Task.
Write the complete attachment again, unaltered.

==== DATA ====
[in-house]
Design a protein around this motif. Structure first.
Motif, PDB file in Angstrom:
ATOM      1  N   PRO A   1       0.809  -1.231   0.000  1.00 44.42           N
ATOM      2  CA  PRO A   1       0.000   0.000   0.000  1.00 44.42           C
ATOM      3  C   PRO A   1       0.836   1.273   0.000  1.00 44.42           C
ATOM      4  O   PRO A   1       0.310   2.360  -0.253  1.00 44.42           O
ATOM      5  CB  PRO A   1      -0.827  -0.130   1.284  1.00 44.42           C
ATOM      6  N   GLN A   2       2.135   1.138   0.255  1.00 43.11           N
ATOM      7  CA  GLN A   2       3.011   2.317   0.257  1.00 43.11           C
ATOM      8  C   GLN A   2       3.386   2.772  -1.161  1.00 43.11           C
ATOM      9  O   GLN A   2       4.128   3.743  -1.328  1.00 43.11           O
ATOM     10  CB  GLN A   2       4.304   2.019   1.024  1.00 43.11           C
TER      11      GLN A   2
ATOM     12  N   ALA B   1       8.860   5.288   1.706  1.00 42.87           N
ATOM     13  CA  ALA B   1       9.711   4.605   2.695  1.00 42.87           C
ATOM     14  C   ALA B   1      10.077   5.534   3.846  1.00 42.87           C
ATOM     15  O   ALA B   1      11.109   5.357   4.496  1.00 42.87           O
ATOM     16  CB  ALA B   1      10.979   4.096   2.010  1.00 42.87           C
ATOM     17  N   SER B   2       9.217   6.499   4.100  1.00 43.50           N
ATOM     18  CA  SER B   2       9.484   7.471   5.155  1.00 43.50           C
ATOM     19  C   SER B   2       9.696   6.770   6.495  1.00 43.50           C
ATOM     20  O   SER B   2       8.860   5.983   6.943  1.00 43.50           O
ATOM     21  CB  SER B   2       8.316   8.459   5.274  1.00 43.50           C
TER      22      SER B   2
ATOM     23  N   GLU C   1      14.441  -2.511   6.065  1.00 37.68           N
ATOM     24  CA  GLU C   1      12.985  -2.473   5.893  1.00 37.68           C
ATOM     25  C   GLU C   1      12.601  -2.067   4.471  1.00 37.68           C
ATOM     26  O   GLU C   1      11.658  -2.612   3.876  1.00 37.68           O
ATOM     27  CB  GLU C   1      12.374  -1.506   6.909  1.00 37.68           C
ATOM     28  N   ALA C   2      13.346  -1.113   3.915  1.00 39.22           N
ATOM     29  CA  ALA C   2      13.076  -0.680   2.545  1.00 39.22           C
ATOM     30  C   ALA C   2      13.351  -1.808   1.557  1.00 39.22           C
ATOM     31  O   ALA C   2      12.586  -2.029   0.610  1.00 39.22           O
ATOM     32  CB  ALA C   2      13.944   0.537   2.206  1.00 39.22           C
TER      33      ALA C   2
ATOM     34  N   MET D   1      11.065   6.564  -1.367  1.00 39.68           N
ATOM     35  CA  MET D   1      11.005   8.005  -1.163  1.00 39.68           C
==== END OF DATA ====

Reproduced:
[in-house]
Design a protein around this motif. Structure first.
Motif, PDB file in Angstrom:
ATOM      1  N   PRO A   1       0.809  -1.231   0.000  1.00 44.42           N
ATOM      2  CA  PRO A   1       0.000   0.000   0.000  1.00 44.42           C
ATOM      3  C   PRO A   1       0.836   1.273   0.000  1.00 44.42           C
ATOM      4  O   PRO A   1       0.310   2.360  -0.253  1.00 44.42           O
ATOM      5  CB  PRO A   1      -0.827  -0.130   1.284  1.00 44.42           C
ATOM      6  N   GLN A   2       2.135   1.138   0.255  1.00 43.11           N
ATOM      7  CA  GLN A   2       3.011   2.317   0.257  1.00 43.11           C
ATOM      8  C   GLN A   2       3.386   2.772  -1.161  1.00 43.11           C
ATOM      9  O   GLN A   2       4.128   3.743  -1.328  1.00 43.11           O
ATOM     10  CB  GLN A   2       4.304   2.019   1.024  1.00 43.11           C
TER      11      GLN A   2
ATOM     12  N   ALA B   1       8.860   5.288   1.706  1.00 42.87           N
ATOM     13  CA  ALA B   1       9.711   4.605   2.695  1.00 42.87           C
ATOM     14  C   ALA B   1      10.077   5.534   3.846  1.00 42.87           C
ATOM     15  O   ALA B   1      11.109   5.357   4.496  1.00 42.87           O
ATOM     16  CB  ALA B   1      10.979   4.096   2.010  1.00 42.87           C
ATOM     17  N   SER B   2       9.217   6.499   4.100  1.00 43.50           N
ATOM     18  CA  SER B   2       9.484   7.471   5.155  1.00 43.50           C
ATOM     19  C   SER B   2       9.696   6.770   6.495  1.00 43.50           C
ATOM     20  O   SER B   2       8.860   5.983   6.943  1.00 43.50           O
ATOM     21  CB  SER B   2       8.316   8.459   5.274  1.00 43.50           C
TER      22      SER B   2
ATOM     23  N   GLU C   1      14.441  -2.511   6.065  1.00 37.68           N
ATOM     24  CA  GLU C   1      12.985  -2.473   5.893  1.00 37.68           C
ATOM     25  C   GLU C   1      12.601  -2.067   4.471  1.00 37.68           C
ATOM     26  O   GLU C   1      11.658  -2.612   3.876  1.00 37.68           O
ATOM     27  CB  GLU C   1      12.374  -1.506   6.909  1.00 37.68           C
ATOM     28  N   ALA C   2      13.346  -1.113   3.915  1.00 39.22           N
ATOM     29  CA  ALA C   2      13.076  -0.680   2.545  1.00 39.22           C
ATOM     30  C   ALA C   2      13.351  -1.808   1.557  1.00 39.22           C
ATOM     31  O   ALA C   2      12.586  -2.029   0.610  1.00 39.22           O
ATOM     32  CB  ALA C   2      13.944   0.537   2.206  1.00 39.22           C
TER      33      ALA C   2
ATOM     34  N   MET D   1      11.065   6.564  -1.367  1.00 39.68           N
ATOM     35  CA  MET D   1      11.005   8.005  -1.163  1.00 39.68           C